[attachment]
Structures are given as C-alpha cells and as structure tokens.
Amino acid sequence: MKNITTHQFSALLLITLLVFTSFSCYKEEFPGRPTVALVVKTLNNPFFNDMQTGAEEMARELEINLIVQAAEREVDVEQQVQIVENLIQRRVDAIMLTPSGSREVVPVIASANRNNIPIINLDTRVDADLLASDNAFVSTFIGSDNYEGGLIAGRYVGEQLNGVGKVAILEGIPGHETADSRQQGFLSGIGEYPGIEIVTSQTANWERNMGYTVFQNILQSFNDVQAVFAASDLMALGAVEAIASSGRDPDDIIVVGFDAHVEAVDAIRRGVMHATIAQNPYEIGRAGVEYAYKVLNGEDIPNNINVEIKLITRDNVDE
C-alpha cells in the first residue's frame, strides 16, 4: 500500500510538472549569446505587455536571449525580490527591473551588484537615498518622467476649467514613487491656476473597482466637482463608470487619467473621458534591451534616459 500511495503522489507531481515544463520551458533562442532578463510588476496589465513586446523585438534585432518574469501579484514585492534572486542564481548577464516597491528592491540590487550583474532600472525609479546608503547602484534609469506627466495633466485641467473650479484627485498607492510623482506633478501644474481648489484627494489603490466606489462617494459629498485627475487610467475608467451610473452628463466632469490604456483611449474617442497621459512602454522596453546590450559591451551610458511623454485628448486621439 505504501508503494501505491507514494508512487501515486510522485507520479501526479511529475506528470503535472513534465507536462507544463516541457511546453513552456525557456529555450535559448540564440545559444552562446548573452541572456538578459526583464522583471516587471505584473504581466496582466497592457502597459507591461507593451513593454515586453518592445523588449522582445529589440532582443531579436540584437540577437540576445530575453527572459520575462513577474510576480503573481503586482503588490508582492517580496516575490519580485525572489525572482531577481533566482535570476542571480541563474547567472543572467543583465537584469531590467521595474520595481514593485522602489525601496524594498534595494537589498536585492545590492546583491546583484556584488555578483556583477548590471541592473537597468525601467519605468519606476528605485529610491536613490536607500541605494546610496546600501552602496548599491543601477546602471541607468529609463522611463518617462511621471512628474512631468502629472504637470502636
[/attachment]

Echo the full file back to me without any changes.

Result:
Structures are given as C-alpha cells and as structure tokens.
Amino acid sequence: MKNITTHQFSALLLITLLVFTSFSCYKEEFPGRPTVALVVKTLNNPFFNDMQTGAEEMARELEINLIVQAAEREVDVEQQVQIVENLIQRRVDAIMLTPSGSREVVPVIASANRNNIPIINLDTRVDADLLASDNAFVSTFIGSDNYEGGLIAGRYVGEQLNGVGKVAILEGIPGHETADSRQQGFLSGIGEYPGIEIVTSQTANWERNMGYTVFQNILQSFNDVQAVFAASDLMALGAVEAIASSGRDPDDIIVVGFDAHVEAVDAIRRGVMHATIAQNPYEIGRAGVEYAYKVLNGEDIPNNINVEIKLITRDNVDE
C-alpha cells in the first residue's frame, strides 16, 4: 500500500510538472549569446505587455536571449525580490527591473551588484537615498518622467476649467514613487491656476473597482466637482463608470487619467473621458534591451534616459 500511495503522489507531481515544463520551458533562442532578463510588476496589465513586446523585438534585432518574469501579484514585492534572486542564481548577464516597491528592491540590487550583474532600472525609479546608503547602484534609469506627466495633466485641467473650479484627485498607492510623482506633478501644474481648489484627494489603490466606489462617494459629498485627475487610467475608467451610473452628463466632469490604456483611449474617442497621459512602454522596453546590450559591451551610458511623454485628448486621439 505504501508503494501505491507514494508512487501515486510522485507520479501526479511529475506528470503535472513534465507536462507544463516541457511546453513552456525557456529555450535559448540564440545559444552562446548573452541572456538578459526583464522583471516587471505584473504581466496582466497592457502597459507591461507593451513593454515586453518592445523588449522582445529589440532582443531579436540584437540577437540576445530575453527572459520575462513577474510576480503573481503586482503588490508582492517580496516575490519580485525572489525572482531577481533566482535570476542571480541563474547567472543572467543583465537584469531590467521595474520595481514593485522602489525601496524594498534595494537589498536585492545590492546583491546583484556584488555578483556583477548590471541592473537597468525601467519605468519606476528605485529610491536613490536607500541605494546610496546600501552602496548599491543601477546602471541607468529609463522611463518617462511621471512628474512631468502629472504637470502636